Satellites Are Transforming Elephant Conservation, Anti‑Poaching Efforts
Scientists are using artificial intelligence to analyze satellite images of elephant populations in a South African national park. This marks a breakthrough in conservation and monitoring efforts, which were previously carried out using airplanes, in a process that was costly, time-consuming, and subject to airspace permissions from individual nations.
Using satellites instead allows as much as 5,000 square kilometers of forest land to be surveyed in a single day, a feat that couldn’t be accomplished before. Scientists also employed machine learning to count the elephants, which allowed them to pick up on details that would otherwise be missed and improve accuracy.
“The benefits of this monitoring technique are numerous; large spatial extents can be covered in short time periods making repeat surveys and reassessments possible at short intervals,” according to the paper, published in the journal Remote Sensing in Ecology and Conservation by the Zoological Society of London. “Satellite images are captured over large areas in one shot so issues with double counting and miscounts are largely eliminated.” Citing disturbance to animals as a key issue with monitoring efforts, the paper adds, “Satellite remote sensing is unobtrusive as it requires no human presence, eliminating the risk of disturbing the species being surveyed.”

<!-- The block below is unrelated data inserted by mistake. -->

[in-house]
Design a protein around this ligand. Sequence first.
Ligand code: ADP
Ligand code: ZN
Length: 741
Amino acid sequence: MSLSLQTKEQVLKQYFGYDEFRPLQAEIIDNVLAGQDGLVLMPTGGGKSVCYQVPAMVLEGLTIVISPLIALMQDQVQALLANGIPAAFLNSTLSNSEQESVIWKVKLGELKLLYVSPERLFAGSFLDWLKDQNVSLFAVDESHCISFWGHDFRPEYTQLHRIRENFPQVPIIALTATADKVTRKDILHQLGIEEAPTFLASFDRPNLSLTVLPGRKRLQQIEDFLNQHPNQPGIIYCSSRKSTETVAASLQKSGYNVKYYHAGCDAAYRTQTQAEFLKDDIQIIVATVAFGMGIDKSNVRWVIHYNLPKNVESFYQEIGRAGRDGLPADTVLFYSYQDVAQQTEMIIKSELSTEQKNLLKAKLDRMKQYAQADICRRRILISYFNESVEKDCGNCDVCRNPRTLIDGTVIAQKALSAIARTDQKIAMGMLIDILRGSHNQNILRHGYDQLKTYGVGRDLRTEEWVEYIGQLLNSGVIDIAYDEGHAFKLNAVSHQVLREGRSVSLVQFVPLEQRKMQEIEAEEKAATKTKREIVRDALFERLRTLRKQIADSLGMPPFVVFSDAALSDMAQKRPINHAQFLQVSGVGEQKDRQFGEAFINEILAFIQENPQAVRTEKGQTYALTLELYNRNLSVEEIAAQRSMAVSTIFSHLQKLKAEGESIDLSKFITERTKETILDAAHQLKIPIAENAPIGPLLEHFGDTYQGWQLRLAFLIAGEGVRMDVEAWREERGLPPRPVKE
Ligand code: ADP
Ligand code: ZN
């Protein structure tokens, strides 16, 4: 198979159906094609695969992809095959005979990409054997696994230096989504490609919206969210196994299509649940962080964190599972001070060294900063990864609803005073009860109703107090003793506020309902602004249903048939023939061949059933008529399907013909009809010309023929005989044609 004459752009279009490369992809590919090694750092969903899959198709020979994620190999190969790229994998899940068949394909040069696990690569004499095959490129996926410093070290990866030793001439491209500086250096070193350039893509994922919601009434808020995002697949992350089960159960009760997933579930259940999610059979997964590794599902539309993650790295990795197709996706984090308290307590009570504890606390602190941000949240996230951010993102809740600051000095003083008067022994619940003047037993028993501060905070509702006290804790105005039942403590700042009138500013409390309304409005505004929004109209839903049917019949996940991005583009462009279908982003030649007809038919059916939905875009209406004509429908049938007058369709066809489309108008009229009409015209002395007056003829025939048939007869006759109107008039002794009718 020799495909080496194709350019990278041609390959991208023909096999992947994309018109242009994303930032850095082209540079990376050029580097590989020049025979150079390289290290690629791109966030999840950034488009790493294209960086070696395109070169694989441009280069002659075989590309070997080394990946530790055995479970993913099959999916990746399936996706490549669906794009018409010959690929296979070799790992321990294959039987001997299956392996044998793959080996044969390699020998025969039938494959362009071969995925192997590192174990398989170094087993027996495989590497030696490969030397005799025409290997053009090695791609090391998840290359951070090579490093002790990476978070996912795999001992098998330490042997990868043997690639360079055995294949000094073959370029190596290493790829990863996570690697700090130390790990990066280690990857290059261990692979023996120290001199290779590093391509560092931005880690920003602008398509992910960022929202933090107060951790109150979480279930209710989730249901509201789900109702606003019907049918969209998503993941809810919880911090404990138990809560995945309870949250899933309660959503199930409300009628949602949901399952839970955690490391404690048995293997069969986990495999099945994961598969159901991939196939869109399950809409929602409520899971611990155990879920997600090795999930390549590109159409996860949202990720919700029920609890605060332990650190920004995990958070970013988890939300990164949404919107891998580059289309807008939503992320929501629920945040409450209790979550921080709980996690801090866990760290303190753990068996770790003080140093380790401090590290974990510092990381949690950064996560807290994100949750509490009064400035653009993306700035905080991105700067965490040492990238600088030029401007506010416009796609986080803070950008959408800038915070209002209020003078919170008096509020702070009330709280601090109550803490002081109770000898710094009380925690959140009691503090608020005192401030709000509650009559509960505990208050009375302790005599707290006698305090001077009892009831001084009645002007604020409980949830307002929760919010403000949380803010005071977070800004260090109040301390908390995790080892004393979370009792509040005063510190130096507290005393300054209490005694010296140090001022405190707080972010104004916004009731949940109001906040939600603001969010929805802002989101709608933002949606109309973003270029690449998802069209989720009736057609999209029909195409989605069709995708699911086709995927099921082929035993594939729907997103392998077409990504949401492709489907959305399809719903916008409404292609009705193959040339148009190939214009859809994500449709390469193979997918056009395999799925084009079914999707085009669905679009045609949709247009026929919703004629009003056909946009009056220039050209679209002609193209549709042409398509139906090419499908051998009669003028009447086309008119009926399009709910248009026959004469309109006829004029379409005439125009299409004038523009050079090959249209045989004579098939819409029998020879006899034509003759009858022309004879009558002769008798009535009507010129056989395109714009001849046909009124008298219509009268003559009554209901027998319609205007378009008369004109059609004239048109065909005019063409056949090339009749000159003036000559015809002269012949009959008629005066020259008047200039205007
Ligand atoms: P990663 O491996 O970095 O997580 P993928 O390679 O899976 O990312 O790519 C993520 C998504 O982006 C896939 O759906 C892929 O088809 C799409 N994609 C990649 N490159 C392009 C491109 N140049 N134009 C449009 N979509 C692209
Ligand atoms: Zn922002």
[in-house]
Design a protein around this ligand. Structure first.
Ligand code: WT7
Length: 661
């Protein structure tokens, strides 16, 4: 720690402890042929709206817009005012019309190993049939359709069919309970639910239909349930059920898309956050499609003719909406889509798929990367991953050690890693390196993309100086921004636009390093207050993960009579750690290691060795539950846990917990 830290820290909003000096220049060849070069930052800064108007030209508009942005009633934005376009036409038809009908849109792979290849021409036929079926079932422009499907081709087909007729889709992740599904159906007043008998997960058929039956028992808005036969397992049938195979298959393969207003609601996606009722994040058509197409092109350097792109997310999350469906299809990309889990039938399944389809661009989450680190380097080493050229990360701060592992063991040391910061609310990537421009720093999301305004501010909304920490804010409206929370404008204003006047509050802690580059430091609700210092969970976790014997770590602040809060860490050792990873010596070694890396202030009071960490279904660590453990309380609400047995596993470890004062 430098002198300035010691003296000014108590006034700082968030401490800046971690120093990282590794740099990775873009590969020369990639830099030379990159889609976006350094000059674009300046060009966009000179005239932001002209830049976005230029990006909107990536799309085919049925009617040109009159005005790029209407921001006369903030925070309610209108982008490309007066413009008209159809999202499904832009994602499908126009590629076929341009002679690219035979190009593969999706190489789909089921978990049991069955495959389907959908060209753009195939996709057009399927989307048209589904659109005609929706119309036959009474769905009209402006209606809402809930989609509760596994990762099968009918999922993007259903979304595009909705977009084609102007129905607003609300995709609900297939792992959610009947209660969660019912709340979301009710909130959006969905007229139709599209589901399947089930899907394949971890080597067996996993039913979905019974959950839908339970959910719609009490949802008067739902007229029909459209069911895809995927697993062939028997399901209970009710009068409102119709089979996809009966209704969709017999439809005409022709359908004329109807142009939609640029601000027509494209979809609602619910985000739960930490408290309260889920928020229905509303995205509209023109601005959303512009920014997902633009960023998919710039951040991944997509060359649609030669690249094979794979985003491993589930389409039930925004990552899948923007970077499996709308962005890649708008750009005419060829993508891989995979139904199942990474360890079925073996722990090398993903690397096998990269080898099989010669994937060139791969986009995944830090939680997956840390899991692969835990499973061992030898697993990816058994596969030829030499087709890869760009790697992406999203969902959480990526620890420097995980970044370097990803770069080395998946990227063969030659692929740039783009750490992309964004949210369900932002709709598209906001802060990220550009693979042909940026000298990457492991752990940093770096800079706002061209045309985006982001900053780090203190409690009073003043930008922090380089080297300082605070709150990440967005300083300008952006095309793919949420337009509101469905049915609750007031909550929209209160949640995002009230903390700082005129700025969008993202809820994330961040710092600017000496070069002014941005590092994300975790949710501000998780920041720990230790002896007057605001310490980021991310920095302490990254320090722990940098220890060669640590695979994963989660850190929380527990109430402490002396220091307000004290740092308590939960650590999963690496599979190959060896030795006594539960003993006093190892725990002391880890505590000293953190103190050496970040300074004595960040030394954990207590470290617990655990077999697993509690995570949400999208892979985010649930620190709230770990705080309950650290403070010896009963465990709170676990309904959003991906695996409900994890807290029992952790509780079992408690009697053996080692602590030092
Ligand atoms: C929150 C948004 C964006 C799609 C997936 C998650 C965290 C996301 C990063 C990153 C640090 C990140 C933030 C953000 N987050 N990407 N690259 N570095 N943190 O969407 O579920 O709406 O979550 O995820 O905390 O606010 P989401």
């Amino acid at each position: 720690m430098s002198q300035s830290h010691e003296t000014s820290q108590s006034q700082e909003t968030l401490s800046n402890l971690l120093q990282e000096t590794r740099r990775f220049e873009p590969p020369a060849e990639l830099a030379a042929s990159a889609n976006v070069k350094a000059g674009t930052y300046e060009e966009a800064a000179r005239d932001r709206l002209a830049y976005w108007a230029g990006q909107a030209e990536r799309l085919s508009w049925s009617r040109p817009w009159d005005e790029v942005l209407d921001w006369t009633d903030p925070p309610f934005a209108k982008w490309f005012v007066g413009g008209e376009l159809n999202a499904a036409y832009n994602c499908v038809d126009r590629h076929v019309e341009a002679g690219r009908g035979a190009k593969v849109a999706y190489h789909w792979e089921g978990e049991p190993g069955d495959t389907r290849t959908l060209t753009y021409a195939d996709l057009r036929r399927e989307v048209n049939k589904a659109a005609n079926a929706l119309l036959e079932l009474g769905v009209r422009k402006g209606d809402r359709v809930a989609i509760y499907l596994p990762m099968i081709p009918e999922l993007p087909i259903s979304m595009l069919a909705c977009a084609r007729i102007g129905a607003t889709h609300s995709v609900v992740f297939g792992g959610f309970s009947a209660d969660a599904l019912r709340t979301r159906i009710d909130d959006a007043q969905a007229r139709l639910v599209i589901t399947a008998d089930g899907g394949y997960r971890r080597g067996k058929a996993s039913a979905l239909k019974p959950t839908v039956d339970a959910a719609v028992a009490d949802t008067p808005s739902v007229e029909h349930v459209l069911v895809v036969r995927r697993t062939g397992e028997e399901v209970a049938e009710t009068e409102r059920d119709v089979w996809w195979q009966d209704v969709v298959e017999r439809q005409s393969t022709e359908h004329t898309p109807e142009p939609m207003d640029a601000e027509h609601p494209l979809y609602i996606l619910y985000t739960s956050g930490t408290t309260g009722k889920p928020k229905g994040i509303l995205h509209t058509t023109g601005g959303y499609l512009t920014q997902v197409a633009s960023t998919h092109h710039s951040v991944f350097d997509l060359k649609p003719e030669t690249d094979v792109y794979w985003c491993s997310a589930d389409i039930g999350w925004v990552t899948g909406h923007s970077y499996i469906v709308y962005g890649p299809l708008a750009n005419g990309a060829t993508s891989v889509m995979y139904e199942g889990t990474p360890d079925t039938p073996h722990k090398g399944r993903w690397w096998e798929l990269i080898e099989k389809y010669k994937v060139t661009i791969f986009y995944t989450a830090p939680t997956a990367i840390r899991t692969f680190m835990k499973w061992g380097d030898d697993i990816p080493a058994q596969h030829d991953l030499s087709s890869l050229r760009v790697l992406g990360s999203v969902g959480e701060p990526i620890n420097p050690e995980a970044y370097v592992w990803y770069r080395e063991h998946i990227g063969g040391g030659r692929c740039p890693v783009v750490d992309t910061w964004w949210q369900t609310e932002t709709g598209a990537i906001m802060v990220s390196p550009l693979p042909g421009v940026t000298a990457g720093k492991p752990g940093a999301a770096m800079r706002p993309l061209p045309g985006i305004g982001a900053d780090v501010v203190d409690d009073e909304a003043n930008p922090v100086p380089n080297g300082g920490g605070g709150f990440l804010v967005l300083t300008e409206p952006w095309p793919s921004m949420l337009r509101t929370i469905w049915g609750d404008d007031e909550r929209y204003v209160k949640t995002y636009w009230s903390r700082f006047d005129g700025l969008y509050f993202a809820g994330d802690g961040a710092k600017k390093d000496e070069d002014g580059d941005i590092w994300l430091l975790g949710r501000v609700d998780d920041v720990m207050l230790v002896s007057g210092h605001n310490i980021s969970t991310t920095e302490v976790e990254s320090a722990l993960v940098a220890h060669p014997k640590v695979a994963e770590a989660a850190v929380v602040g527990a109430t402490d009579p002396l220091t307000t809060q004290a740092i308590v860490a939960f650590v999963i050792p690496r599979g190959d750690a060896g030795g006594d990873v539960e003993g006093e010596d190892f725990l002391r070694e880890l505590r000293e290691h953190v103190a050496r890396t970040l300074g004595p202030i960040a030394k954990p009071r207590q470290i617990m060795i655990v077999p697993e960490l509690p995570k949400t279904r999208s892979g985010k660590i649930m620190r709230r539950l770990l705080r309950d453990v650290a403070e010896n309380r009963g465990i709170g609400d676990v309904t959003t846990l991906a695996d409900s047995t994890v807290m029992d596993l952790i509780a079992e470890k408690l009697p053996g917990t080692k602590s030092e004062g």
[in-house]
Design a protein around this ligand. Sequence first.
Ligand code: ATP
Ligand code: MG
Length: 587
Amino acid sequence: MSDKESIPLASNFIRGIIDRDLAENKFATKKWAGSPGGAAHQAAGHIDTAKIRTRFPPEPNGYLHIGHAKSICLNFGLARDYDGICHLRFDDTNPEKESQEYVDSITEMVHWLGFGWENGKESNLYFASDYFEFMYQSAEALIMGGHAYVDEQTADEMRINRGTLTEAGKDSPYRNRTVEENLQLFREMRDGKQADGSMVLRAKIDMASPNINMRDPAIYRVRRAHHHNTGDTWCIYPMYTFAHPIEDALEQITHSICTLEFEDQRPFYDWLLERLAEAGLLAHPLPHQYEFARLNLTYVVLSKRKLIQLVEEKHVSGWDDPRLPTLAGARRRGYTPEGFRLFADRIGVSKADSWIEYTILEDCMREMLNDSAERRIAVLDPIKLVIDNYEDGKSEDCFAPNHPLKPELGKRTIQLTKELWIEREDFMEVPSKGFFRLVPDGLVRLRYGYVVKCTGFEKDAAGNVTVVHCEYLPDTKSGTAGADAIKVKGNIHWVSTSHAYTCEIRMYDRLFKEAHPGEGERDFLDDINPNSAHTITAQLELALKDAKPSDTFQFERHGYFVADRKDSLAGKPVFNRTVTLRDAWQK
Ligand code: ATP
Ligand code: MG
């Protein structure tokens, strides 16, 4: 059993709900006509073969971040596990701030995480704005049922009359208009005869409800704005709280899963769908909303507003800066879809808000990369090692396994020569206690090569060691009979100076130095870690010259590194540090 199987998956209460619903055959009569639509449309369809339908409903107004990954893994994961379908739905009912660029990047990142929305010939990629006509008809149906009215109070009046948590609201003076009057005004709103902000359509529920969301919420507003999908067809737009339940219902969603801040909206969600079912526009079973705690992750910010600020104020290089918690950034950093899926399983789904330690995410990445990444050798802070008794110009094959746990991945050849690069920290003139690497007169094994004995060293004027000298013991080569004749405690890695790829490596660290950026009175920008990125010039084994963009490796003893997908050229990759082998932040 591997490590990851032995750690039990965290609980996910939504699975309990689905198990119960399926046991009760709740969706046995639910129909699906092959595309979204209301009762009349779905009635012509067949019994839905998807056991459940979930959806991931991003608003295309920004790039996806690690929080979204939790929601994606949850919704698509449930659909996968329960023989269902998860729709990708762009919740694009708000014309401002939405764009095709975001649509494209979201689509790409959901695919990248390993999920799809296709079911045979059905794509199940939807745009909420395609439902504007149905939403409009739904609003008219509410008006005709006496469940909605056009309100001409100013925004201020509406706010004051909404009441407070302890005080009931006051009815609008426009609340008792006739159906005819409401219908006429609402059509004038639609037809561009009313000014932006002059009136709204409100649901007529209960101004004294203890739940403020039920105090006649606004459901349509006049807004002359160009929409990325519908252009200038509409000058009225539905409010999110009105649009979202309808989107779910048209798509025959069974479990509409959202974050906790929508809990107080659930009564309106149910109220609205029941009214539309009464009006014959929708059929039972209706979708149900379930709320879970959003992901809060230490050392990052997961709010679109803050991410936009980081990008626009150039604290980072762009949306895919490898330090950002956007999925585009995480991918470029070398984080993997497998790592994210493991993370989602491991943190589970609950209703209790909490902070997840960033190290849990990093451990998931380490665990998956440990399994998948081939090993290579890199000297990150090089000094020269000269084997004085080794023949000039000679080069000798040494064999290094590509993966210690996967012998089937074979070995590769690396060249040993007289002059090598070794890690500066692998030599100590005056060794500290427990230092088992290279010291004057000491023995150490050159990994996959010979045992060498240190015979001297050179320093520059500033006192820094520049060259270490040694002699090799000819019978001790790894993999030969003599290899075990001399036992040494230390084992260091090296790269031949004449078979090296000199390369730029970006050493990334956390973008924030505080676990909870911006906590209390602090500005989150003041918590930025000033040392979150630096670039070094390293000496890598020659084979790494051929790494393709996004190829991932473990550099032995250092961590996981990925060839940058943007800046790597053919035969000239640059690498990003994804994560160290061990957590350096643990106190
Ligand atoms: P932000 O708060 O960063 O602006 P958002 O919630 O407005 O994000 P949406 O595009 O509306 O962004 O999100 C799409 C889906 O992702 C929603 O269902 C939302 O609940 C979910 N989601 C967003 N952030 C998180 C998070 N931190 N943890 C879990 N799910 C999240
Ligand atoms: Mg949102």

The quick and effective monitoring can help manage anti-poaching efforts in the region, scientists say, while keeping an eye on endangered species.
Scientists say the recent proliferation of commercial satellites can help achieve unobtrusive and efficient animal monitoring at scale, bringing long-overdue cutting-edge technology to the field of zoology. This hope, of course, will also have to contend with the widespread threat of space junk that commercial satellites pose, the deterioration of which can threaten not just working satellites, but also the International Space Station.
The promise of satellite imagery, lent by the numerous commercial satellite programs in place now, is emerging as yet another technological frontier for which humans will have to reckon with both the benefits it can grant, with the larger cost human space exploration would have to bear.
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